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The Importance of Well-Care Visits


Did You Know?

Moving through the teen years can be both wonderful and challenging for parents and teens alike. Many changes take place over the teen years physically, emotionally and socially. Whether they are in high school, preparing for college or working part or full- time, adolescents are making the transition to adulthood and independence.

Why Are Well-Care Visits Important?

Well- care visits give health care providers a great opportunity to help teenagers who are at risk for many preventable health problems. Counseling and treatment can help youngsters avoid or recover from a number of problems including addictive behaviors like alcohol abuse, smoking and drug use; eating or mental disorders; sexually transmitted diseases and pregnancy.

During these visits the doctors have the opportunity to discuss nutrition, physical activity, peer pressure and safety (including substance abuse and sexuality). All of the leading causes of adolescent non-fatal and fatal incidents are avoidable and well- care services are one way for teens to get the help they need beforehand.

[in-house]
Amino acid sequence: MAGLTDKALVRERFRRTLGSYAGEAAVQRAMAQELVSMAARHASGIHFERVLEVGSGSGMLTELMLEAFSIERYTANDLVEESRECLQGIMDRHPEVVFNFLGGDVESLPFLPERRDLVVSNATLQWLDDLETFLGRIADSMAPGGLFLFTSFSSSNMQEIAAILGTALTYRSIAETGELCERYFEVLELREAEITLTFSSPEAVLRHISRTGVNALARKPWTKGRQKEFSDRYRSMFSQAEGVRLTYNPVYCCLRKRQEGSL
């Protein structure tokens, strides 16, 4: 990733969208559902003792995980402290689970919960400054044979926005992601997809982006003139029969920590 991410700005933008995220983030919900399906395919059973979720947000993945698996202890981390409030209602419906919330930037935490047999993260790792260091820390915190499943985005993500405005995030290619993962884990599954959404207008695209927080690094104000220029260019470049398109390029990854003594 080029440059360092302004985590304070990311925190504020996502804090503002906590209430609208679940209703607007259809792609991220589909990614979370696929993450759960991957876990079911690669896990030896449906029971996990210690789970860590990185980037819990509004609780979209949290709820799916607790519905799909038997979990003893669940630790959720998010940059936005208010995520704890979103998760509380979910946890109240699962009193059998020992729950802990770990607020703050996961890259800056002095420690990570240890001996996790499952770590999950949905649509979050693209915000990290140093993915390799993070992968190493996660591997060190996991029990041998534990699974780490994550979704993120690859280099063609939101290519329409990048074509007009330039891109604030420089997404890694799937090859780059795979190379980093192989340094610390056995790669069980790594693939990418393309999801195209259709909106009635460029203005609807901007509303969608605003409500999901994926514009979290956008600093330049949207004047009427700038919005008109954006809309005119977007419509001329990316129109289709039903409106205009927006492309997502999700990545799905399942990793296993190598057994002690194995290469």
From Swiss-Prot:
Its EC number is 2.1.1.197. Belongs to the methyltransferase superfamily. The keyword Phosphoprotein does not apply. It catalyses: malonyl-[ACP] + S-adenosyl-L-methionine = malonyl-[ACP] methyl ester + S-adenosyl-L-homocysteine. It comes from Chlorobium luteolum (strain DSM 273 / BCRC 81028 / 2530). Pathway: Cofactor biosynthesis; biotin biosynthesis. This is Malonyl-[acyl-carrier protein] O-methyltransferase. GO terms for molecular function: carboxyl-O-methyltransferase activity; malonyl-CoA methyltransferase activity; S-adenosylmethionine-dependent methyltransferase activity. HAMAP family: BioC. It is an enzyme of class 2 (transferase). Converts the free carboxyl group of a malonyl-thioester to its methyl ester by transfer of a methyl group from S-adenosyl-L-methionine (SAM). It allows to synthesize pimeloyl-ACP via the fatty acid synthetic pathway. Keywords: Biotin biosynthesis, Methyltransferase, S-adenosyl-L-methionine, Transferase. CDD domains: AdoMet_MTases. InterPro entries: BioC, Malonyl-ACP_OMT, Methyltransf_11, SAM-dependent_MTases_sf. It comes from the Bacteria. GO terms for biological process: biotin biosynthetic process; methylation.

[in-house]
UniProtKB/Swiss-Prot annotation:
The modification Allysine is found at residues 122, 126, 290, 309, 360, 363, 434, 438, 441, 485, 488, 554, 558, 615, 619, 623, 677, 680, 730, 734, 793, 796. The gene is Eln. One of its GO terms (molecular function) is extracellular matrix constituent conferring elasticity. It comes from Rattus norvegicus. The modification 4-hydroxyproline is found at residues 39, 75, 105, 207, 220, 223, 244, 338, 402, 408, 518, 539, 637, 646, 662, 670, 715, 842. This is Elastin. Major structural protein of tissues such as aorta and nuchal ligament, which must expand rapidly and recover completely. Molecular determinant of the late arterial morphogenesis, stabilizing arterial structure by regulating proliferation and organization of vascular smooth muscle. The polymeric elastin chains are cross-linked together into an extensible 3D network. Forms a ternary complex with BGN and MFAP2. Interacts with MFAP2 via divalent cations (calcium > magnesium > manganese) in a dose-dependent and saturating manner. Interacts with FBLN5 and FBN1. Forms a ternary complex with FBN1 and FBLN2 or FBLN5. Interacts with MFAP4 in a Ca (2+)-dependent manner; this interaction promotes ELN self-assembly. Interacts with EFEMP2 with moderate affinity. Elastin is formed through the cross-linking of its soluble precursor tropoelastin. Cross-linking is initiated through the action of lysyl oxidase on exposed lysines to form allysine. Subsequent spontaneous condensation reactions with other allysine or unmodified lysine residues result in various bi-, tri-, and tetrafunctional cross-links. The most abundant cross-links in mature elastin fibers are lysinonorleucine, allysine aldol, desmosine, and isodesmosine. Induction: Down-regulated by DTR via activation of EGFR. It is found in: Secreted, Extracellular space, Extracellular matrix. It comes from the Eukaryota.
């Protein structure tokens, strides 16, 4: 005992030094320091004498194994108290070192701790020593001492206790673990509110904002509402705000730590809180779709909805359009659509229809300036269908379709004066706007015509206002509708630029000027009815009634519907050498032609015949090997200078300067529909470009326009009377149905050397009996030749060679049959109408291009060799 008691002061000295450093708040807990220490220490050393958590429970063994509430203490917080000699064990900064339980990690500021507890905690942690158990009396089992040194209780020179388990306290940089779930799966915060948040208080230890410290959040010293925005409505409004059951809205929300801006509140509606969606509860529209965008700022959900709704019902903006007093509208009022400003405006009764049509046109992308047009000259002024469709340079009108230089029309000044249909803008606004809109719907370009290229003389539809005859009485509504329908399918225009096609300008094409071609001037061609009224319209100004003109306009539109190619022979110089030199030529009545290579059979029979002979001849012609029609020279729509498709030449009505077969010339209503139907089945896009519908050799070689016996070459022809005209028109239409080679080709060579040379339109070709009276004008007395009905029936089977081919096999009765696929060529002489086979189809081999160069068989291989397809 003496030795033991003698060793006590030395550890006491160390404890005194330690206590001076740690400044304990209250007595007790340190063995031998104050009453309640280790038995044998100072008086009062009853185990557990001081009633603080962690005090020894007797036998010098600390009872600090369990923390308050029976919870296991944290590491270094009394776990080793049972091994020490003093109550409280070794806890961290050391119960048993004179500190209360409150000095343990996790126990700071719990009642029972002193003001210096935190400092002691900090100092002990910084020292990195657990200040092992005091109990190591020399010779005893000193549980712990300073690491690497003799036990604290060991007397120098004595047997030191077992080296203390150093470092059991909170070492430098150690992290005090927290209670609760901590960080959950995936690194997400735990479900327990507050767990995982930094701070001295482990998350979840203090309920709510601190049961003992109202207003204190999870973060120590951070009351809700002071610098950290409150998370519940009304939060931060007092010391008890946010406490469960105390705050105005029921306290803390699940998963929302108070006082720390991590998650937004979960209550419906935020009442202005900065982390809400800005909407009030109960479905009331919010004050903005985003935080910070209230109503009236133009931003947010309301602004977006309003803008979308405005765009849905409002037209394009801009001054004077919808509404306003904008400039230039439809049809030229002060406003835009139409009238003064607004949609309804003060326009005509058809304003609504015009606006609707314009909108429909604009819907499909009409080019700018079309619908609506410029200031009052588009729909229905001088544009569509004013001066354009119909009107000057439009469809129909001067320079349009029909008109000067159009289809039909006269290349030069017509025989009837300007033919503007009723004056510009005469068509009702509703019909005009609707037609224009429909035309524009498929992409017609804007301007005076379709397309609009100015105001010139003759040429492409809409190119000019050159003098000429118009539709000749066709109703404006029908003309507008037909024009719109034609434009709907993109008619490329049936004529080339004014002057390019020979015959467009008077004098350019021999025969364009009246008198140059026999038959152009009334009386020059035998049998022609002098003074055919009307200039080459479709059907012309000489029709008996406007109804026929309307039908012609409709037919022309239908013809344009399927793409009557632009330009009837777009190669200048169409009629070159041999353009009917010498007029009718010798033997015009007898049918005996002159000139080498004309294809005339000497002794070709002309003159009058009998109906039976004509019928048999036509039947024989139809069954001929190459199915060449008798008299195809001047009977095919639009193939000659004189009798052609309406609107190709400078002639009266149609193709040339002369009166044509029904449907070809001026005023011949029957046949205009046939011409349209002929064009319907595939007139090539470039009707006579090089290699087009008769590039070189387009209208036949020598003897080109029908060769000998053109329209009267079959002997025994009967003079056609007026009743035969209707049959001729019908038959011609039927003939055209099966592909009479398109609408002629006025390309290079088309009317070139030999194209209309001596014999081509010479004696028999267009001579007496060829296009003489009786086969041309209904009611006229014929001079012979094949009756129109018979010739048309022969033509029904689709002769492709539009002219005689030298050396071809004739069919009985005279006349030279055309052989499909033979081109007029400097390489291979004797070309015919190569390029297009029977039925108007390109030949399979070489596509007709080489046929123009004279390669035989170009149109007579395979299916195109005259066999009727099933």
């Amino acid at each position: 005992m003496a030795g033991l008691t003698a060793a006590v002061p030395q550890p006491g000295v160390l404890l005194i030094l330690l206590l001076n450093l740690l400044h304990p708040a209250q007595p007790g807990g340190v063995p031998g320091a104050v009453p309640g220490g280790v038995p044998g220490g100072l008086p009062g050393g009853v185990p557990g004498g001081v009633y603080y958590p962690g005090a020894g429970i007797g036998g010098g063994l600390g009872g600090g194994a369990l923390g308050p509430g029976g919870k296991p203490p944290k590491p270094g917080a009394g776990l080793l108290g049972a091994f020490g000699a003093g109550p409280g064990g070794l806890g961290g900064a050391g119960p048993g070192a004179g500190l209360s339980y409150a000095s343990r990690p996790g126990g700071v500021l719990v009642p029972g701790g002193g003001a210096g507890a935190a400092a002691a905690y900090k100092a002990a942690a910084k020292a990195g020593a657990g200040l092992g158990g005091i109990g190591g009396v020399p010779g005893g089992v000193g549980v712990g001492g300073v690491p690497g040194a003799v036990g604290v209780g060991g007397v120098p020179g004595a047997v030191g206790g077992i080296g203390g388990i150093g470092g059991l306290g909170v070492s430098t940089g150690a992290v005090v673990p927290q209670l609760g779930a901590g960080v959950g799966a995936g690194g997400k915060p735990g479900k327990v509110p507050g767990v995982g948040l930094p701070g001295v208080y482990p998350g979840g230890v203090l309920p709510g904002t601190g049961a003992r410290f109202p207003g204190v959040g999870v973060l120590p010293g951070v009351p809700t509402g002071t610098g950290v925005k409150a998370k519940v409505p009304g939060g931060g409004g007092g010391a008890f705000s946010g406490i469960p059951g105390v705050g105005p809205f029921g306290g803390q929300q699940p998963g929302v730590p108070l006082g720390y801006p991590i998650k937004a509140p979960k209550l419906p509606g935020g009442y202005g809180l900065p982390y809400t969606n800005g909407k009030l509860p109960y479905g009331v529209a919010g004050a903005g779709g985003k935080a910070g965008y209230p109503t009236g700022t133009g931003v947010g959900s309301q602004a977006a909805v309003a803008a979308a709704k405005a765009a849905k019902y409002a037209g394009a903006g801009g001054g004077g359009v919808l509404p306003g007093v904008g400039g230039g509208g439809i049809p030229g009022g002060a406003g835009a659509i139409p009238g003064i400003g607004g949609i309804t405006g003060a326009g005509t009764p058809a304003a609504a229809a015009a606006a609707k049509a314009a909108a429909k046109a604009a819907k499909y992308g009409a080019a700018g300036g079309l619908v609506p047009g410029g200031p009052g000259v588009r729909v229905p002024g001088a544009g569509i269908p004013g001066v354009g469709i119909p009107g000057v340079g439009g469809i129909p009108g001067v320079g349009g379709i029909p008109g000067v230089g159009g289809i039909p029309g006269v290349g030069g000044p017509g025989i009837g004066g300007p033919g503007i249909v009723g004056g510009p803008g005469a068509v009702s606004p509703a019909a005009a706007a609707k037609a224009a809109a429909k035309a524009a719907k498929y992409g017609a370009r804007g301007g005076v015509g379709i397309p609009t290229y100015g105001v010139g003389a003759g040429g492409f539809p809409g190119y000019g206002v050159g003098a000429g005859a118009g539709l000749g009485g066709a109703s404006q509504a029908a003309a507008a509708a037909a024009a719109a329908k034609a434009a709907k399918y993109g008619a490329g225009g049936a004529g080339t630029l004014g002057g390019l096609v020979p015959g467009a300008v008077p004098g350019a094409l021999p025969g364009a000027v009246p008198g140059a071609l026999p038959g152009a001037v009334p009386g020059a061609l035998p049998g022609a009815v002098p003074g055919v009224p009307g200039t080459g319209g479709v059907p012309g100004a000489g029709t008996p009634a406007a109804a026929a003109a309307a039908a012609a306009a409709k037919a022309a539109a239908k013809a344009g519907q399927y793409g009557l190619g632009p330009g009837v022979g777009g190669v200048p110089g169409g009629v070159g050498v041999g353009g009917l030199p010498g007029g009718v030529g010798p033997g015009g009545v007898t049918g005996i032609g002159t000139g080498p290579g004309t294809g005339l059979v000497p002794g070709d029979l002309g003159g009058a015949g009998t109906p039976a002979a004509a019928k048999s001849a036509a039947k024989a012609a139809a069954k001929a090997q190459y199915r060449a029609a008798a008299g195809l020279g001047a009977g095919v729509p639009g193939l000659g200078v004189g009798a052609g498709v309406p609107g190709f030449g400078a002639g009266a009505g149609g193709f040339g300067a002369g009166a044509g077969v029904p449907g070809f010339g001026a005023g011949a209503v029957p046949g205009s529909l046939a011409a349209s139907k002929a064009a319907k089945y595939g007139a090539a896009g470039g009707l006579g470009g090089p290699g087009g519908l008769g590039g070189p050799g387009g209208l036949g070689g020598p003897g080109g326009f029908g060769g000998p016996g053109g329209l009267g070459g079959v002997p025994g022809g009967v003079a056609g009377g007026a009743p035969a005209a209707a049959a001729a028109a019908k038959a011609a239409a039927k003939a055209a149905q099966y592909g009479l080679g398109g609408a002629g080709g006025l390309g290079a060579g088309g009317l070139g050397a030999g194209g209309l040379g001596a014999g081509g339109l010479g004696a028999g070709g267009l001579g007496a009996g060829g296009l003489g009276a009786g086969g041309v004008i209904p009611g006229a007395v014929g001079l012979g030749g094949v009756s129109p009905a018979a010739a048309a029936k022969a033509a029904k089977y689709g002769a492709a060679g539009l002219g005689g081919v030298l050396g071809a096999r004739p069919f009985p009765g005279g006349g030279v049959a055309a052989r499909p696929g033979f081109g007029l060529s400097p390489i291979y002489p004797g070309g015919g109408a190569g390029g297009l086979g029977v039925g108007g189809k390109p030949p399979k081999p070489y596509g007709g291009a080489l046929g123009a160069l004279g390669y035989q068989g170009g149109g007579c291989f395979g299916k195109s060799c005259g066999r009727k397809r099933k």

The American Academy of Pediatrics recommends parents leave the room for a portion of the exam so that adolescents may freely discuss confidential health issues with their health care provider. It helps to ensure that important health concerns will not be overlooked due to a teen's concern for privacy, and provides a "bridge" toward becoming an adult and handling health issues independently.

What's the Difference Between a Well-Care Exam and a Sports Physical?

Local high schools require athletes to provide proof of an annual physical exam in order to participate in high school sports. A sports physical is simply an exam that helps determine if it is safe for the athlete to participate in a particular sport. An annual well-care exam gives doctors a chance to perform a thorough physical exam and health assessment. It's also a good chance to address important adolescent issues.

What is BMI? Body Mass Index (BMI) is a specific measurement of weight and height that is defined as body weight in kilograms divided by height in meters squared. BMI is gender specific and age specific because it changes as teens get older. During the visits, be sure to ask the doctor if your son or daughter is in a healthy BMI range for their age.

Would you like to WIN?

  • If your teen is turning 12-21 years of age in 2010 and receives a well-care visit by December 31, 2011, his/her name will automatically be entered into a drawing to win one of our featured prizes. If your teen has already had a well-care visit this year, his/her name has already been entered the drawing. Please click on the link provided below for additional prize information.

Learn the facts
  • Center for Disease Control and Prevention (CDC)
  • American Academy of Pediatrics (AAP)
  1. Centers for Disease Control and Prevention (CD). Using the BMI-for-Age Growth Charts, 2011.
  2. Healthy Families. Adolescent Well-Care Visits, 2011.

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